Better Than Cheap: Super Crate Box

(A feature in which I highlight free PC games.  There are many high-quality and innovative games out there that cost nothing, but are sadly restricted to their niche.  I think they’re worth your time.)

There’s a division in the gaming community right now over what can be considered a ‘game’. The increasing focus on cinematic sequences, combined with games asking less and less of player interaction has led to a backlash against what we once viewed as that ideal of video games: the interactive movie.

Oh, how we used to dream of them. Razor-sharp 3D graphics, massive in scale, fluid animation, and preferably lots of action involving planes and car chases and explosions and kung-fu. You know, the stuff that little boys like. Except, now that it’s here (and we’re no longer little boys), we’ve found that it’s kind of dull to press three or four buttons and watch a choreographed sequence play out, the artifice almost dripping out of the screen. You used to memorise the Fatality combos in Mortal Kombat, and usually fail. Now, you press X then O and the character will act out a long chain of moves. You’re not involved. It’s been said that it feels like the game doesn’t really want you there.

The opposite of this “interactive movie” direction is a simple game with one defined goal. Space Invaders is hardly a complex game, but the central mechanic (shoot the little shapes that fall from above) is easy enough to grasp and, therefore, able to be mastered once you start experimenting with strategy. Same goes for Tetris, a masterpiece of game design. It can be learned in less than a minute, but millions of people play Tetris to this day, still trying to improve on their performance. Sure, you could spend days trying to master one facet of modern games, but what’s the point? It’s not like we have high scores any more.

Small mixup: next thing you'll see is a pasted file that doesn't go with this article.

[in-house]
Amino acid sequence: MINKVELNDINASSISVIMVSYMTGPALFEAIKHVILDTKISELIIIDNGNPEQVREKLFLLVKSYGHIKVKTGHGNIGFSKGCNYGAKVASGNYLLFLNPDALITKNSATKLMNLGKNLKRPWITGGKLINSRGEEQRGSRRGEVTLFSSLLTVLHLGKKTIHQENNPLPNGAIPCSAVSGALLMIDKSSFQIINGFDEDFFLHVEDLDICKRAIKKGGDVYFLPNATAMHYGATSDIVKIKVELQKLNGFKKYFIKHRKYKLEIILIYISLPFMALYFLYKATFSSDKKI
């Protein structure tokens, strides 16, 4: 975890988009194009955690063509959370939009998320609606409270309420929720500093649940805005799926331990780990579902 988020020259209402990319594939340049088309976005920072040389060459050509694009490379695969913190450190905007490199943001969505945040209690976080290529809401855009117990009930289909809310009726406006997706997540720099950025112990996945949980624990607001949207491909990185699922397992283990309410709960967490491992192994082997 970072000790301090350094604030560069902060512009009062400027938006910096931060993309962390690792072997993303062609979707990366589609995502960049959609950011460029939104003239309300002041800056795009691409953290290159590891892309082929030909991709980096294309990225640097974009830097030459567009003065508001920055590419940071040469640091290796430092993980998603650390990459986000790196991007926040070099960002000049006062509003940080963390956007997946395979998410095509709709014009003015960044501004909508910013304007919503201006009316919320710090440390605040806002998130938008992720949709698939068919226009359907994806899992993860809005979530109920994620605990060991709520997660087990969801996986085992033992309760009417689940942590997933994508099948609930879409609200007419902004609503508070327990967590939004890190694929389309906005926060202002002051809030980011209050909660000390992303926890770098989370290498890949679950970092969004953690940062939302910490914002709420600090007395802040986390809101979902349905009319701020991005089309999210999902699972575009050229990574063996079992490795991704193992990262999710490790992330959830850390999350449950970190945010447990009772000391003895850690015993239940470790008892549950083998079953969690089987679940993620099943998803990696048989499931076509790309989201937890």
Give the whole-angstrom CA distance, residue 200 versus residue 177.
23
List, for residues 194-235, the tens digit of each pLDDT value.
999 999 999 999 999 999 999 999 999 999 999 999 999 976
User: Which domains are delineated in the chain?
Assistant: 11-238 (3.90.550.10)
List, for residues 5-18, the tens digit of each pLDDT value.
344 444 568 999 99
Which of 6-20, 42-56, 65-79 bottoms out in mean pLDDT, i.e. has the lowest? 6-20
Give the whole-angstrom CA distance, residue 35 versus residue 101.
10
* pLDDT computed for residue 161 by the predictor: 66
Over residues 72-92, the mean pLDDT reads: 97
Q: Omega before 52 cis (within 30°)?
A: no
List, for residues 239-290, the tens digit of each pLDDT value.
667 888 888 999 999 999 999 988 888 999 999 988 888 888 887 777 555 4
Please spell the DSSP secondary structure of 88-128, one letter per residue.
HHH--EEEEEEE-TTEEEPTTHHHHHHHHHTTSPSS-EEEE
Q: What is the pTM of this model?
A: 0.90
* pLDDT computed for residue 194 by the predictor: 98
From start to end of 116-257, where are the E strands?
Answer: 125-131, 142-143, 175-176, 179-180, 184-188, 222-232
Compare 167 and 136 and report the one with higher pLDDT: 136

In recent times, some have reacted by creating games that concentrate solely on mechanics, and the mastery thereof. Enter Super Crate Box.

Super Crate Box is a tiny gem. The goal is simple: collect boxes while you avoid being hit. When you collect a box, your weapon changes, and so must your survival strategy. Learning how to maximize each weapon’s potential is key, because if you don’t know how to use the bazooka when it inevitably turns up in the rotation, you’re going to have a real hard time getting to the next box.

Enemies fall from the top of the screen at a brisk pace, and make their way to the bottom. If they reach the pit at the bottom, they reappear at the top of the screen, but angrier. Faster. Technically speaking, you could play the entire game without killing a single enemy, but if you don’t manage the numbers effectively, you’ll find yourself quickly overwhelmed.

It’s unrelenting, unforgiving, and you’ll fail to break 10 points for a while, but you’ll improve. It’s a lean, mean game that revels in its medium and makes no concessions to needless fat like story, characters and themes.

Super Crate Box is available as a free download  for PC and Mac, and for handheld iOS devices for £1.49.

(My high score is 130.  The gauntlet has been thrown down.)

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